Monday, September 17, 2007

The Foundation of Preaching

On another weblog, Gottesblog another pastor who expresses deep devotion and commitment to the pastoral office shares a very poignant (profoundly moving) article entitled: Extemporaneous Preaching. It really is quite a wonderful article with many wonderful points regarding preaching.

Since I wish to emphasize some points from a different perspective, and hopefully without diminishing the fine points made in his article, I share my thoughts here rather than as a comment on his weblog.

While I do not share his stress of the importance of style or technique, particularly in the matter of preaching without a manuscript, I wish to pick up with his reference to Matthew 7:29 where Matthew highlights the response of the multitudes who heard Jesus. Here Matthew says:

And it came to pass, when Jesus had ended these sayings, the people were astonished at his doctrine: For he taught them as one having authority, and not as the scribes. (Matt 7:28-29)

Fr. Eckardt makes a lovely connection here to the matter of the authority, saying that this authority is in fact Jesus’ own person. This is absolutely true. It is a wonderful fact to behold. Yet it is not the point of this text, nor is it the way that Jesus usually speaks of his authority. Jesus spoke, especially during His ministry among the Jews, primarily in terms of the authority given to Him by the Father.

In this specific text, Matthew mentions the authority as the basis for what astonished the people. At what were they astonished? They were astonished at His doctrine. It was Jesus' doctrine that made His authority known.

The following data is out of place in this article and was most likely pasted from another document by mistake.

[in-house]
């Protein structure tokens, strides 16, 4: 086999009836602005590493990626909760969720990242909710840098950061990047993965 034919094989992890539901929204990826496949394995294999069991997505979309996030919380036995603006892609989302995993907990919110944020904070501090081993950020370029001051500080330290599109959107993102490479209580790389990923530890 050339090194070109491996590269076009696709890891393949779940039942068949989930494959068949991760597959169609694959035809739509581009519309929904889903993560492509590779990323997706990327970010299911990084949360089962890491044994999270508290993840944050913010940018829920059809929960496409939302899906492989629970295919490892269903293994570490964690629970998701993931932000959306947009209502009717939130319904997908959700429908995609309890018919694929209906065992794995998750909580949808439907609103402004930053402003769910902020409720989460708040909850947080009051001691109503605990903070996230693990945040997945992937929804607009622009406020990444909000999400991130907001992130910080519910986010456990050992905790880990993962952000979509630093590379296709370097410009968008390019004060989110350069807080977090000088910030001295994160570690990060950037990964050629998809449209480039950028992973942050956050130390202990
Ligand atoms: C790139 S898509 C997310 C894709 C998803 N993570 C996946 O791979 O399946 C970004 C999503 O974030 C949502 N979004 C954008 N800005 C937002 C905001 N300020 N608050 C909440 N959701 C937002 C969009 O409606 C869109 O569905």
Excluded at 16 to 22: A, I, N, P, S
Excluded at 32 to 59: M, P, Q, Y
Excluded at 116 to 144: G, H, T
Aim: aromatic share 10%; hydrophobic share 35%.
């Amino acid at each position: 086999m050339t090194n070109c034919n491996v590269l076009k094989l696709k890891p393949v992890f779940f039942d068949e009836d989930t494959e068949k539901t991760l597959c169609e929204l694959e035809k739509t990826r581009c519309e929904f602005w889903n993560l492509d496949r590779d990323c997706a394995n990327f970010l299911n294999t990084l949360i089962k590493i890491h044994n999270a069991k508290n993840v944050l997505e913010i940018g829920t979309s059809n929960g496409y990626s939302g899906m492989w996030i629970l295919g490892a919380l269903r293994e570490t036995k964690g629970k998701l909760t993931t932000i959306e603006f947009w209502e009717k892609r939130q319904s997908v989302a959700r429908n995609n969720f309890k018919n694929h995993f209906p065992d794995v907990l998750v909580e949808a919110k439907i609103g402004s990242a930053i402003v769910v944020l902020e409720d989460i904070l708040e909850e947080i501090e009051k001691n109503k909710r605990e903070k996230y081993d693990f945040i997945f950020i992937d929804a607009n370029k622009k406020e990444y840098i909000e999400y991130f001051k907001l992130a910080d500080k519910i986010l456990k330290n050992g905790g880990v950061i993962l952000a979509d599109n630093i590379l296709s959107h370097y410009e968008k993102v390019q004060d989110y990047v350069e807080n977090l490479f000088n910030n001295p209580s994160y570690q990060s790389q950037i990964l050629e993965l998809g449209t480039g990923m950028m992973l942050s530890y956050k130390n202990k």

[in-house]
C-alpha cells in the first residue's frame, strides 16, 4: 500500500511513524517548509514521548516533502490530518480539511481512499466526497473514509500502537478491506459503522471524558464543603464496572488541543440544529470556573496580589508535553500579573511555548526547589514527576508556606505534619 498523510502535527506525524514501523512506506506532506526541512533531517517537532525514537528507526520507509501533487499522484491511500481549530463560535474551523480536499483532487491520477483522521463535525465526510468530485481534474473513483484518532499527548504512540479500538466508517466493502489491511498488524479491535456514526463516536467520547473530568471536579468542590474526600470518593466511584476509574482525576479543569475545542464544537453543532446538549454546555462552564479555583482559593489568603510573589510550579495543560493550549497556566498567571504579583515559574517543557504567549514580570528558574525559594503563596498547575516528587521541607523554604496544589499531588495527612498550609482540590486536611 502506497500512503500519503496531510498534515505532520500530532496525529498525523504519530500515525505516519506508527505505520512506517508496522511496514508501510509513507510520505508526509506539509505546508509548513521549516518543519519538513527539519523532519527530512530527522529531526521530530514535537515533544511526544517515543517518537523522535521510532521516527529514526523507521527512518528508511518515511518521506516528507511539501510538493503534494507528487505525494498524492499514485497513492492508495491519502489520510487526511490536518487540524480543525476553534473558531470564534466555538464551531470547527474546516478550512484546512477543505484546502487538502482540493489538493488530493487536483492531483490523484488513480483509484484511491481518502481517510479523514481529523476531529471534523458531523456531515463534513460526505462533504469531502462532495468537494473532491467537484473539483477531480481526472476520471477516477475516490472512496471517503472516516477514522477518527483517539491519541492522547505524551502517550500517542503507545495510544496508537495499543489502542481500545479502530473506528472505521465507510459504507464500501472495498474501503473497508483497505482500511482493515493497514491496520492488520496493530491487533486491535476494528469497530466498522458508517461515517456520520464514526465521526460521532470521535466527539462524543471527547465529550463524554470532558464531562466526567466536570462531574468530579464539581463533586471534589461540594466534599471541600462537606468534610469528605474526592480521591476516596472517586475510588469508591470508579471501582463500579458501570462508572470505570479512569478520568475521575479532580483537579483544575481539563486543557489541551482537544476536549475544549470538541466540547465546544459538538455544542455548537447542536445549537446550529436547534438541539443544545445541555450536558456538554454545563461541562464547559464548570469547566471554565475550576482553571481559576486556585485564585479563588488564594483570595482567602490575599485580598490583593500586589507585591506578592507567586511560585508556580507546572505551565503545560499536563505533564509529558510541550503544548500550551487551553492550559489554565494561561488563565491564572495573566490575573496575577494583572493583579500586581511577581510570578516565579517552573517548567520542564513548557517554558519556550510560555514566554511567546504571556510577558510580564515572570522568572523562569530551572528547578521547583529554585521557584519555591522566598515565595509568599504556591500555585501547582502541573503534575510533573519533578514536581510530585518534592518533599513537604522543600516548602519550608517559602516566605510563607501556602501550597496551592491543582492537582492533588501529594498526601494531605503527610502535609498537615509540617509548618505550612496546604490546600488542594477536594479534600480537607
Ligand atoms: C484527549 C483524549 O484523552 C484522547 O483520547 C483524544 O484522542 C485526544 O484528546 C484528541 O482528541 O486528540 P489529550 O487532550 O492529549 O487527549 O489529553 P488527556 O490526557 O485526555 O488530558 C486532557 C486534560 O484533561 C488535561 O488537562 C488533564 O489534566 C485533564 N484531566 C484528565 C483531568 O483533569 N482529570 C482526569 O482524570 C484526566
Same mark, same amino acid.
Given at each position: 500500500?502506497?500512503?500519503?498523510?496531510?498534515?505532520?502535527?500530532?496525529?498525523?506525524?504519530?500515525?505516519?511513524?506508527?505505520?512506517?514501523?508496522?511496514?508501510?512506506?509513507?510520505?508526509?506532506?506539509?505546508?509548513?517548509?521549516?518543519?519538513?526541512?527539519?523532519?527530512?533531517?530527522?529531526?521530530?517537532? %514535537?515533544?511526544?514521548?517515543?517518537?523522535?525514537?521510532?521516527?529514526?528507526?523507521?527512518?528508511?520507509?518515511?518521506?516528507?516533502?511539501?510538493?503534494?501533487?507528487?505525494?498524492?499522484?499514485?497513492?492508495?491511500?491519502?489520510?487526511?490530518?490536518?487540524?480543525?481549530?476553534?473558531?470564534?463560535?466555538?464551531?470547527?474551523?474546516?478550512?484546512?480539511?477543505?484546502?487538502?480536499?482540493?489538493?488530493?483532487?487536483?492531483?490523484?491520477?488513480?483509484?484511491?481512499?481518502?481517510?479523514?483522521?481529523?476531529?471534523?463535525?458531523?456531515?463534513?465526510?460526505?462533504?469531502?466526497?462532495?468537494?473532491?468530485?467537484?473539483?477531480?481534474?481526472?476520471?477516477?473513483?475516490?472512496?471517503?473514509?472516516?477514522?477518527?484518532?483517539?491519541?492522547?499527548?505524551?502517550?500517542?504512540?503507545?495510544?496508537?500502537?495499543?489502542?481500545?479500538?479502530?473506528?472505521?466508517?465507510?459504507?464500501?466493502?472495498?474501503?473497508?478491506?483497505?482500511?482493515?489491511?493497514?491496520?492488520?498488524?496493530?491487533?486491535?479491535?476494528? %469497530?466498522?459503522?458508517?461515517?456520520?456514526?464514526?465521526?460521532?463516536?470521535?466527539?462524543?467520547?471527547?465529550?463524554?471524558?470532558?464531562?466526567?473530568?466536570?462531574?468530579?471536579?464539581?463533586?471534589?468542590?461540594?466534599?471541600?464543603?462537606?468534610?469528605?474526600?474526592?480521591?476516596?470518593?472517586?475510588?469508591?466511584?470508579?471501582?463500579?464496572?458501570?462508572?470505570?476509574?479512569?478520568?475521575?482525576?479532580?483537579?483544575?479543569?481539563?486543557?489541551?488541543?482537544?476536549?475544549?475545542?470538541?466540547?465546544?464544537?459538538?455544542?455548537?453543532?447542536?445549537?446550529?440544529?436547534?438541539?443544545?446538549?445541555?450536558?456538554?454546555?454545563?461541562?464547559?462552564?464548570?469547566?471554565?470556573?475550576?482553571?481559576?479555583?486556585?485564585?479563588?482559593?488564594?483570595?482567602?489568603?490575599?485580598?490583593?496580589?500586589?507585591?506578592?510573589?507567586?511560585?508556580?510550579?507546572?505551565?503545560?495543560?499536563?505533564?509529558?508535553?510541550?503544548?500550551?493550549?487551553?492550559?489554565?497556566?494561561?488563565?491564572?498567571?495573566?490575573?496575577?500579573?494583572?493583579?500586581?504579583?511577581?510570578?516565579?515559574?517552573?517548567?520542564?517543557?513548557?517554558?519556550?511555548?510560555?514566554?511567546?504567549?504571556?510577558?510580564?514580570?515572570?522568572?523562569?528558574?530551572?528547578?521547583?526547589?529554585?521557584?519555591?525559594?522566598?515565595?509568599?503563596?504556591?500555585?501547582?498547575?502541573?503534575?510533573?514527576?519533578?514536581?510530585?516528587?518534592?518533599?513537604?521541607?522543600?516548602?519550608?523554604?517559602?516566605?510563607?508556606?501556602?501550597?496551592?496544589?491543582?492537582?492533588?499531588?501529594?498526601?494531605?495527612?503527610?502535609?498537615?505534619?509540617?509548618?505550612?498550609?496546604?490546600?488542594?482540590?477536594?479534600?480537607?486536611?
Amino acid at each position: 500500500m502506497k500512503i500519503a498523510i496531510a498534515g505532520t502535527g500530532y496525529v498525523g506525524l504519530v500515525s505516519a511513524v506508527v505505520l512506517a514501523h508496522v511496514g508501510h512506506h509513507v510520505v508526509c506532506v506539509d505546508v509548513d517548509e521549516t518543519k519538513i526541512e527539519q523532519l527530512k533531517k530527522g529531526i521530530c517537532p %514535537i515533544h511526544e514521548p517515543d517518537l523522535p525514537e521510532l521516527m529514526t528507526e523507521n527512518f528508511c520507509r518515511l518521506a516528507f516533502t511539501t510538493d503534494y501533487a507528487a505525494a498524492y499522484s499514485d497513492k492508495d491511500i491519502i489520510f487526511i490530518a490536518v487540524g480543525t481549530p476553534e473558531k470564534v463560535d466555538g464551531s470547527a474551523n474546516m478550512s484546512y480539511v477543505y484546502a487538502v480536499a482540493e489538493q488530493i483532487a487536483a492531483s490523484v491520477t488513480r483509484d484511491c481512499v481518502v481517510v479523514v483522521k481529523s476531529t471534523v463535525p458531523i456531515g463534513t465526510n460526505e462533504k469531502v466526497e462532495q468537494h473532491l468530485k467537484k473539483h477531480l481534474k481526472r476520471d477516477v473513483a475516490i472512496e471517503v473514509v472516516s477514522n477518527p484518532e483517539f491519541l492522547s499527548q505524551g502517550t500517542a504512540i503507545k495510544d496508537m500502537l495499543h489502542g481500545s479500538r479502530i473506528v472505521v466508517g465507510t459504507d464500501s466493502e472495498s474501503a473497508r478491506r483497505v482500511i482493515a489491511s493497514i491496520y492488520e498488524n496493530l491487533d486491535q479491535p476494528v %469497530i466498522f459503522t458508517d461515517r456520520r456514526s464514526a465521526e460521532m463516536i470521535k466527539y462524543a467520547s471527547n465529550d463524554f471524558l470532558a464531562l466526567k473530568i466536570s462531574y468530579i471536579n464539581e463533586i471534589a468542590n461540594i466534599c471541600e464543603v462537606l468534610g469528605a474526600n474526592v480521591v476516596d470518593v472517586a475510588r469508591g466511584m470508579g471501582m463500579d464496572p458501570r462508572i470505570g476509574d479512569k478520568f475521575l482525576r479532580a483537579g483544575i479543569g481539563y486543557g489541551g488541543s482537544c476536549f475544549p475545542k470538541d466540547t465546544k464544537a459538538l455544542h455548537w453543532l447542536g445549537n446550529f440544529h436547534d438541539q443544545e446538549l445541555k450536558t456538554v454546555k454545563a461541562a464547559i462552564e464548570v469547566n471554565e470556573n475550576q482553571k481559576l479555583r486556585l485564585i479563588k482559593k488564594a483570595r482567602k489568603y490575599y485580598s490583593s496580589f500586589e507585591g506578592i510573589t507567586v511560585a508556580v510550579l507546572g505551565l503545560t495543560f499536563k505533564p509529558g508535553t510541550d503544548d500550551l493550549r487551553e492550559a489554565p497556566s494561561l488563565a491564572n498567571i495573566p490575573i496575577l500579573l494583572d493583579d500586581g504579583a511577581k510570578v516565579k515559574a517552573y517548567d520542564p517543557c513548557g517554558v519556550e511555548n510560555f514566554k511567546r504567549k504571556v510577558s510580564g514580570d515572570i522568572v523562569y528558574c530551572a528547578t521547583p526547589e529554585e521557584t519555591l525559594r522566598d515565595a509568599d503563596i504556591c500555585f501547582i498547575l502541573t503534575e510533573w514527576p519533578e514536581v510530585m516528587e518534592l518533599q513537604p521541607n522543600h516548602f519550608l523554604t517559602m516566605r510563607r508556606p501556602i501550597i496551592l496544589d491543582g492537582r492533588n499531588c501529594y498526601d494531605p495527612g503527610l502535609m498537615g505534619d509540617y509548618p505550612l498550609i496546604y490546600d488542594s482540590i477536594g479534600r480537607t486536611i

St. Luke brings this forward in His account of the ministry of Jesus among the Jews.

And Jesus returned in the power of the Spirit into Galilee: and there went out a fame of him through all the region round about. And he taught in their synagogues, being glorified of all. And he came to Nazareth, where he had been brought up: and, as his custom was, he went into the synagogue on the sabbath day, and stood up for to read. And there was delivered unto him the book of the prophet Esaias. And when he had opened the book, he found the place where it was written, The Spirit of the Lord is upon me, because he hath anointed me to preach the gospel to the poor; he hath sent me to heal the brokenhearted, to preach deliverance to the captives, and recovering of sight to the blind, to set at liberty them that are bruised, To preach the acceptable year of the Lord. And he closed the book, and he gave it again to the minister, and sat down. And the eyes of all them that were in the synagogue were fastened on him. And he began to say unto them, This day is this scripture fulfilled in your ears. (Luke 4:14-21)